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BASF Chemical Emergency Medical Guidelines

Nitric acid (HNO3) B1

Information and recommendations for


paramedics and doctors at the site
• Patients whose clothing or skin is contaminated with nitric acid can cause secondary contamination
of rescue and medical personnel by direct contact or by release of nitric acid vapor or fumes.
• Nitric acid and its vapor or fumes are rapidly corrosive when they come in contact with tissues such
as the eyes, skin, and upper respiratory tract causing irritation, burns, coughing, chest pain and
dyspnea. Laryngospasm and pulmonary edema (shortness of breath, cyanosis, expectoration,
cough) may occur.
• Ingestion of nitric acid can cause severe corrosive injury to the lips, mouth, throat, esophagus, and
stomach.
• There is no antidote to be administered to counteract the effects of nitric acid. Treatment consists of
supportive measures.

1. Substance information Nitric acid (HNO 3 ), CAS 7697-37-2


Synonyms: hydrogen nitrate, azotic acid.
At room temperature nitric acid is a colorless to yellow or brownish-red
liquid with a choking odor. The color is due to the release of oxides of
nitrogen, especially nitrogen dioxide, into the air upon exposure to light.
Depending on environmental factors the vapor or fumes of nitric acid
may actually be a mixture of various oxides of nitrogen and nitric acid,
even at temperatures well below the boiling point of 83°C (181oF). Nitric
acid may be formed in photochemical smog from the reaction between
nitric oxide and hydrocarbons.
Nitric acid itself is nonflammable, but it can increase the flammability or
cause the spontaneous combustion of other materials. It is soluble in
water.
Nitric acid is used in the manufacture of fertilizers, gunpowder and
explosives, pesticides, dyestuffs, and pharmaceuticals, especially in the
manufacture of organic and inorganic nitrates. It is also used for etching
and cleaning of metals, and electroplating.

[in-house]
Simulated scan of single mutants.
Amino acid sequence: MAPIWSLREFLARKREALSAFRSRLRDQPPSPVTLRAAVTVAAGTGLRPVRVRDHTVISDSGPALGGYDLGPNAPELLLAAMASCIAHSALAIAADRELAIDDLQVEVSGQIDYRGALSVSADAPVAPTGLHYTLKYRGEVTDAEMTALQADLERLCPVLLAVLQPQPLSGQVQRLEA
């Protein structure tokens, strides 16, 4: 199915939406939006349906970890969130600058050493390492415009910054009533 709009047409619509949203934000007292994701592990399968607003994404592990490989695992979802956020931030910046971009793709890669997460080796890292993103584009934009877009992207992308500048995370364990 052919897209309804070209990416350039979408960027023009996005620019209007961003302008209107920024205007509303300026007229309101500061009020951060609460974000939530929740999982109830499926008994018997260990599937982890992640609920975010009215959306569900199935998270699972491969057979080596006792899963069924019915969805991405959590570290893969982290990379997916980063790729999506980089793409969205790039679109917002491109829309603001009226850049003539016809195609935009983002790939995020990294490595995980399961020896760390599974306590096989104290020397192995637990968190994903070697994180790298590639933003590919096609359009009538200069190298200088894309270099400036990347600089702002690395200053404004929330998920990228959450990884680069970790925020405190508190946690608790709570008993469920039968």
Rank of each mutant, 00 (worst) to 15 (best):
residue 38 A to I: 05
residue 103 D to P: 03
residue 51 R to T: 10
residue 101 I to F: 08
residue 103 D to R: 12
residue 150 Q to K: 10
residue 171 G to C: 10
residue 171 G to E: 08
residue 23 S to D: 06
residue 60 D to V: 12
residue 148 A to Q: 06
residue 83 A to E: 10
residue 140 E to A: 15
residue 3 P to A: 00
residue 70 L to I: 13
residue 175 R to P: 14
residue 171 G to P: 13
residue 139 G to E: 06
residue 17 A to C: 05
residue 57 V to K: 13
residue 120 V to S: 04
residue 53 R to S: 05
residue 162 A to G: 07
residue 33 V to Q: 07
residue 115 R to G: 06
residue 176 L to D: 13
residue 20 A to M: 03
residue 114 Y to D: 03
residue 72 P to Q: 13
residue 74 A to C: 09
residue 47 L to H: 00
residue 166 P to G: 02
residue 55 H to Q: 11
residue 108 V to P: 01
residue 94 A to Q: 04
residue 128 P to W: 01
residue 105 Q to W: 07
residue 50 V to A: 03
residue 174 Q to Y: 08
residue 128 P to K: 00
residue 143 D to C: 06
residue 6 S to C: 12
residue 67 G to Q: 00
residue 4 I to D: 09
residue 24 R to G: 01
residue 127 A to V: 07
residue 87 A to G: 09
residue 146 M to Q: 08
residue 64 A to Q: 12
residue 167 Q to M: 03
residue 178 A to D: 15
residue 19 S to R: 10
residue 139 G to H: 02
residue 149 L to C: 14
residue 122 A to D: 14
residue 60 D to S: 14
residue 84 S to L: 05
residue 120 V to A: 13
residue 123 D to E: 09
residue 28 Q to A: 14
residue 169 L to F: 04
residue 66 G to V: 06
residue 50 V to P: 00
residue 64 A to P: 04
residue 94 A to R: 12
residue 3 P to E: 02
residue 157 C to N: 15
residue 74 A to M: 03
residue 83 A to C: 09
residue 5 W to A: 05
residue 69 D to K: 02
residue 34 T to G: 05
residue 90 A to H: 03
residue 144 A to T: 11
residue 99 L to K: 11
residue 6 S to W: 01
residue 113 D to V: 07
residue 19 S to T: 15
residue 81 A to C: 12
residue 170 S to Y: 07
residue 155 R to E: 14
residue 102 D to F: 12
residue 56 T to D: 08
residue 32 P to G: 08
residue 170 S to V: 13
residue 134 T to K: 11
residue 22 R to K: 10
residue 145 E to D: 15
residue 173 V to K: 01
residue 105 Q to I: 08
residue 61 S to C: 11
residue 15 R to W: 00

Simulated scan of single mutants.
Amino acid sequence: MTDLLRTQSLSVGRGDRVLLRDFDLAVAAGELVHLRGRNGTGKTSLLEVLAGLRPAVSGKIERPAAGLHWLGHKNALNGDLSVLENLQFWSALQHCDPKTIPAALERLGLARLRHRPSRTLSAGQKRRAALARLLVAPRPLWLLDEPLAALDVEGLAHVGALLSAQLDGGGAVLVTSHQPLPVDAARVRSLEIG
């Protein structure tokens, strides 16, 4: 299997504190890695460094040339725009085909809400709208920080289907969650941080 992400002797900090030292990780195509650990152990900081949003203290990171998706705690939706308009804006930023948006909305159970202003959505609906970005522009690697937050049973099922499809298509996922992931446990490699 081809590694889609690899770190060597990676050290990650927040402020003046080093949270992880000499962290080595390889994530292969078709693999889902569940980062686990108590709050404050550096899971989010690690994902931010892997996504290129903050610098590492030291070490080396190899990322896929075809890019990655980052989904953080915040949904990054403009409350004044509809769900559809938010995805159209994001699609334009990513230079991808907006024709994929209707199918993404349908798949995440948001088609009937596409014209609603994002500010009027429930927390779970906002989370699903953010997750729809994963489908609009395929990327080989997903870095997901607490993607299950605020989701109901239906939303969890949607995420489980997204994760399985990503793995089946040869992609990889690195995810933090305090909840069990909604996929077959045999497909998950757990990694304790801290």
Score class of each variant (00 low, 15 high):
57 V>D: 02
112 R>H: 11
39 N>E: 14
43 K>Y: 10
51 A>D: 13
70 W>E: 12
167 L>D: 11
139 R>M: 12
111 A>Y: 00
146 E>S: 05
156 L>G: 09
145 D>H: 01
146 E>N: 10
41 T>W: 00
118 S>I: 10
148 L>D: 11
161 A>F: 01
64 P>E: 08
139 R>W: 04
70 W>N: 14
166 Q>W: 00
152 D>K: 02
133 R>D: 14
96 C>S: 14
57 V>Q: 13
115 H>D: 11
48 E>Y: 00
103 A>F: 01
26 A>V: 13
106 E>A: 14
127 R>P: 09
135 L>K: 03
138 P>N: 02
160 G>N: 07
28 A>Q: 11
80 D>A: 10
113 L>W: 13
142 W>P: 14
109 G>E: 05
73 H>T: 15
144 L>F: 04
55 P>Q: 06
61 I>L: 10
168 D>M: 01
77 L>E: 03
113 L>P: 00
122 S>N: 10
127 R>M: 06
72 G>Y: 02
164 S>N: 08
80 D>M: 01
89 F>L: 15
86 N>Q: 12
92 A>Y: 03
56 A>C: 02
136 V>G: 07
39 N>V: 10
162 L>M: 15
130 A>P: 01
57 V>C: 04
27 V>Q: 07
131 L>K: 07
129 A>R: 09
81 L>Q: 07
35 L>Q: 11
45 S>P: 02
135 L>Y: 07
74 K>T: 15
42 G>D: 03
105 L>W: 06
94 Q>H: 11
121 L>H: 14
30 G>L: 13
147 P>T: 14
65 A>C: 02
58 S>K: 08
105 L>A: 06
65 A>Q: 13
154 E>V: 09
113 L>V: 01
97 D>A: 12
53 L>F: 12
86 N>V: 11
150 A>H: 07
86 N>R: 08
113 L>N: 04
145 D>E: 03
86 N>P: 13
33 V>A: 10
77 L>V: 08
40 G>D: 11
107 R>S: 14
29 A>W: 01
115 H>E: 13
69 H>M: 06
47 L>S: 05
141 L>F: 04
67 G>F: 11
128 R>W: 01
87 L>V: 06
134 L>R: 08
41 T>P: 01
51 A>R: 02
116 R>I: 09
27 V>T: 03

2. Routes of exposure
Inhalation Nitric acid’s odor and irritant properties generally provide adequate
warning of acutely hazardous concentrations.
Skin/eye contact Direct contact with liquid nitric acid or concentrated vapor or fumes on
wet or moist skin causes severe chemical burns. Nitric acid is poorly
absorbed through the skin.
Ingestion Ingestion of nitric acid can cause severe corrosive injury to the lips,
mouth, throat, esophagus, and stomach.
3. Acute health effects
Respiratory Nitric acid exposure usually causes dryness of the nose and throat,
and coughing. Inhalation of very high concentrations may result in
laryngospasm and eventually in obstruction of the airways and death.
Development of respiratory distress with chest pain, dyspnea and
pulmonary edema (shortness of breath, cyanosis, expectoration) may
occur after a delay of up to 24 hours.

Reviewed: 2016
Code: E018-005
B2

Hematologic Only after high-dose exposure methemoglobinemia may result, but


usually to an extent that does not require treatment. For further
information on methemoglobinemia see BASF Chemical Emergency
Medical Guideline for ANILINE.
Gastrointestinal Epigastric pain, nausea, and vomiting may occur. In cases of ingestion
diffuse corrosive mucosal injury can involve the entire intestinal tract.
Renal Acid-base imbalance and acute renal failure may occur.
Dermal Deep burns of the skin and mucous membranes may be caused by
contact with concentrated nitric acid; sometimes yellowing of the skin
results. Contact with less concentrated nitric acid vapor or fumes can
cause burning pain, redness, and inflammation.
Ocular Severe eye burns with clouding of the surface, perforation of the globe,
and ensuing blindness may occur from exposure to liquid nitric acid. Low
concentrations of vapor or fumes cause burning discomfort, spasmodic
blinking or involuntary closing of the eyelids, redness, and tearing.
4. Actions
Rescuer self-protection In response situations that involve exposure to potentially unsafe
levels of nitric acid (see below), pressure-demand, self-contained
breathing apparatus and chemical-protective clothing is
recommended.
Patients whose clothing or skin is contaminated with nitric acid can
secondarily contaminate other people by direct contact or through nitric
acid vapor or fumes.
Patient recovery Patients should be removed from the contaminated zone immediately. If
patients can walk, they should walk. Patients who are unable to walk
may be removed on backboards or stretchers; if these are not available,
carefully carry or drag patients to safety.
Immediate priorities must follow the "A, B, C’s” (Airway, Breathing,
Circulation) of resuscitation.
Decontamination All patients exposed to nitric acid require decontamination.
Patients who are able and cooperative may assist with their own
decontamination. If the exposure involved liquid nitric acid and if clothing
is contaminated, remove and double-bag the clothing.
Assure that exposed or irritated eyes have been irrigated with plain
water or saline for at least 20 minutes, and that the pH of the
conjunctival fluid has returned to normal (7.0). If not, continue eye
irrigation during other basic care and transport. If eye irrigation is